Charles Zettek, Jr., Director of Government Management for CGR, the Center for Government Research, based in Rochester, New York, said he would address this concern brought up by Roach and Greer, and would find a fire consultant with those qualification.

Zettek explained how CGR would conduct its study of the efficiency of the White Plains Public Safety Department to Councilpersons Rita Malmud, Roach and Greer at a Special Meeting of the Common Council meeting to consider hiring the firm to execute the long-awaited study.

A four-month Time Frame

The Council learned the study would take a minimum of three months before a first draft was presented, and a fourth month to complete the finish product based on Council questions.

Conducted in 4 Phases

Zettek said the study would begin with listing confidential interviews of police and fire personnel and other personalities CGR feels appropriate to the study, as well as any persons the Council felt should be included.

In the second phase they would schedule and conduct interviews. In the Third Phase they would identify trends borne out in the interviews they conduct, and consult with their own experts to verify and weigh what they are finding through the interview process, culminating in a rough draft, which the Council would see and comment upopn. with the fourth and final phase, the completion of the study.

Police Expert, a 32-year veteran of the Rochester Police Department

Zettek said the firm’s police consultant had spent 32 years with the Rochester Police, a department serving a city of roughly 220,000 people.

Mr. Roach actually raised the question of the kind of experience the CGR fire expert brought to the table. Zettek described his fire consultant as having been the professional manager of a volunteer fire department for the suburb of Rochester, the Gates-Chili Volunteer Fire Department.

This fact troubled Mr. Greer, who solemnly expressed concern that the White Plains Fire Department was a professional department and that the whole purpose of the survey was to put aside once and for all, without question, whether the splitting of the departments was or was not efficent.

Zettek said he would check back with his offices before turning in his final proposal, and find an expert with this kind of background: professional fire department management.

Zettek is due back Friday with his final proposal. The study will cost the city $84,000, and if a study of Emergency Medical Services is included, $96,000.

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School Tax Increase: Less Than $1 A Day. 02-03 Budget Hike Filleted to 7.1%

Milkman’s Matinee News, By John F. Bailey, Filed 3/7/02 2:00 AM EST: The Citizens Annual Budget Committee heard the School District’s latest version of the 02-03 budget Wednesday evening at Education House, and came away impressed at the steady drop in the school budget since its emergence in December.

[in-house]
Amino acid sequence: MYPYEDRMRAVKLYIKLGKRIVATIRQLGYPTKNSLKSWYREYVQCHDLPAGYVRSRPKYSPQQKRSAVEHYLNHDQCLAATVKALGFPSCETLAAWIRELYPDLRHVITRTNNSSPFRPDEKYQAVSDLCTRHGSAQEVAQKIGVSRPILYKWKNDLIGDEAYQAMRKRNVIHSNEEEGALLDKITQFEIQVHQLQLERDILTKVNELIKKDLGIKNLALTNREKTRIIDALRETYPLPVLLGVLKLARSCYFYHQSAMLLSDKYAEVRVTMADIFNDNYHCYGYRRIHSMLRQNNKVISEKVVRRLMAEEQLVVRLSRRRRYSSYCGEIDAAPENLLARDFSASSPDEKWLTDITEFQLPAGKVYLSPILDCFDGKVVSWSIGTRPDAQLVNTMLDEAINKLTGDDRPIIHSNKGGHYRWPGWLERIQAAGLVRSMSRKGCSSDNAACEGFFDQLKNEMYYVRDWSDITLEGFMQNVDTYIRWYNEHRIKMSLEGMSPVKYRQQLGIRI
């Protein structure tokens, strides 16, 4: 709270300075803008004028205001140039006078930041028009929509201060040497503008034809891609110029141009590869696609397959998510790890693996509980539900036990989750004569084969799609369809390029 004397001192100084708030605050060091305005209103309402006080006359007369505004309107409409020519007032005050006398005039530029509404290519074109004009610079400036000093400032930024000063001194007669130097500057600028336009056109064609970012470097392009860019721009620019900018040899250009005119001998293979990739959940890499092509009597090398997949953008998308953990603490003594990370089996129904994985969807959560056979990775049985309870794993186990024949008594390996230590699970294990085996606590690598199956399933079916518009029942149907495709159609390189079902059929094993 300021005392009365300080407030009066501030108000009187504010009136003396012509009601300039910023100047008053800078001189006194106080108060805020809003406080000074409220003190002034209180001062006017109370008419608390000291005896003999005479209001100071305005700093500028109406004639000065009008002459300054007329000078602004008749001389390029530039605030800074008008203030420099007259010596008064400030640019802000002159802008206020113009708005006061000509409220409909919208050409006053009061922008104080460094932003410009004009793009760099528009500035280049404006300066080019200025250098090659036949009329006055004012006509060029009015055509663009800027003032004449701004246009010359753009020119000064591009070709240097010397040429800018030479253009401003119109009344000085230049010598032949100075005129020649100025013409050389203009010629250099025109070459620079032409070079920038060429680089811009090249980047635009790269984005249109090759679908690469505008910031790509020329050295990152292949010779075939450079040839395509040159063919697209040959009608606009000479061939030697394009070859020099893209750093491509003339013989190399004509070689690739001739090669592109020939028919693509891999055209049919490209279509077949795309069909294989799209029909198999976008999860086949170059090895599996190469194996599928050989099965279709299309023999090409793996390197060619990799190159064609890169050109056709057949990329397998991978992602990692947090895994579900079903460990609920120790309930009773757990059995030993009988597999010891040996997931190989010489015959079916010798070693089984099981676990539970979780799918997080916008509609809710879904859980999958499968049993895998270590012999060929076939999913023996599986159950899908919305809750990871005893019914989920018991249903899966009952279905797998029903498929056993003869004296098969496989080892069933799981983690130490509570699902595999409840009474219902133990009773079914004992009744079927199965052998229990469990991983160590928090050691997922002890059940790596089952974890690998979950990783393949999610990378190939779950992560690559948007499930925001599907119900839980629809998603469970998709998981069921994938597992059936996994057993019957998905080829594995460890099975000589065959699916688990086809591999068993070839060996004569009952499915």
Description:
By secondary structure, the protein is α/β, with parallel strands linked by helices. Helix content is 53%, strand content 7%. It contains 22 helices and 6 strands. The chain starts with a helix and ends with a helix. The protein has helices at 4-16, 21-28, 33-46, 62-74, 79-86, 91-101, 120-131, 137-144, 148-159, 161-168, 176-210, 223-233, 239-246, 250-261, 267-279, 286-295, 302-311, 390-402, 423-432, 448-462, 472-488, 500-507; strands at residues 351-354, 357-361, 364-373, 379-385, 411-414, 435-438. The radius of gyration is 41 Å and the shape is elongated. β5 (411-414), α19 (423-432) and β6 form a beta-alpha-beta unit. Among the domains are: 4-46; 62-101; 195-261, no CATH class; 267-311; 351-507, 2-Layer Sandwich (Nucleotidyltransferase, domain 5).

Based on committee member reaction and comment on the 8.1% increase projected three weeks ago, the District has taken out an additional $1,146,508 in cuts, bringing the next year’s projected increase down to 7.1%, producing a budget of $127,125,740.

The 7.1% increase is the precise amount of increase voters approved by a 4 to 1 margin last year. Since first presented on December 5, the budget has shrunk from $132MM to the present $127.1MM, as revenue sources, needs, school aid, transportation contracts and retirements have been finalized.

More finetuning is expected before a Preliminary Proposed Budget is presented to the public, Monday, March 18th. The Final Budget is scheduled to be adopted on Monday, April 1st by the Board, followed by a Public Hearing on May 13th. The public vote on the budget will take place on Tuesday, May 21st.

Tax increase is 96 cents a day more than 01-02.

With Superintendent of Schools Saul Yanofsky, and Assistant Superintendent for Business, Richard Lasselle doing the honors, the ABC committee was told that the 7.1% budget increase could mean an 8.9% tax rate increase.

What this means for the White Plains homeowner with an average home assessment of $15,000: The homeowner would pay $351 more per year in school taxes with the 7.1% increase now planned. This $351 figure works out to 96 cents a day more over the course of a year, as the promotionally minded Marc Pollitzer put it, that’s only about a “dollar a day.”

This year the School Tax on a $15,000 assessment was $3,011 with STAR Exemption. In 2002-03, with a 7.1% increase, this rises to $3,362, the difference, year-to-year, $351.

Half of Latest Cut from Favorable Transportation Contract and Elimination of 9 New Positions.

Mr. Lasselle said that of the $1,146,508 in fresh cuts, $304,296 came from what he termed a better-than-expected new 5-year contract hammered out on school bus transportation reestablishing the District relationship with the White Plains Bus Company coming to approximately $5 to 6 Million, when it was projected at $6.5MM. The contract has only recently been negotiated, and he provided no further details.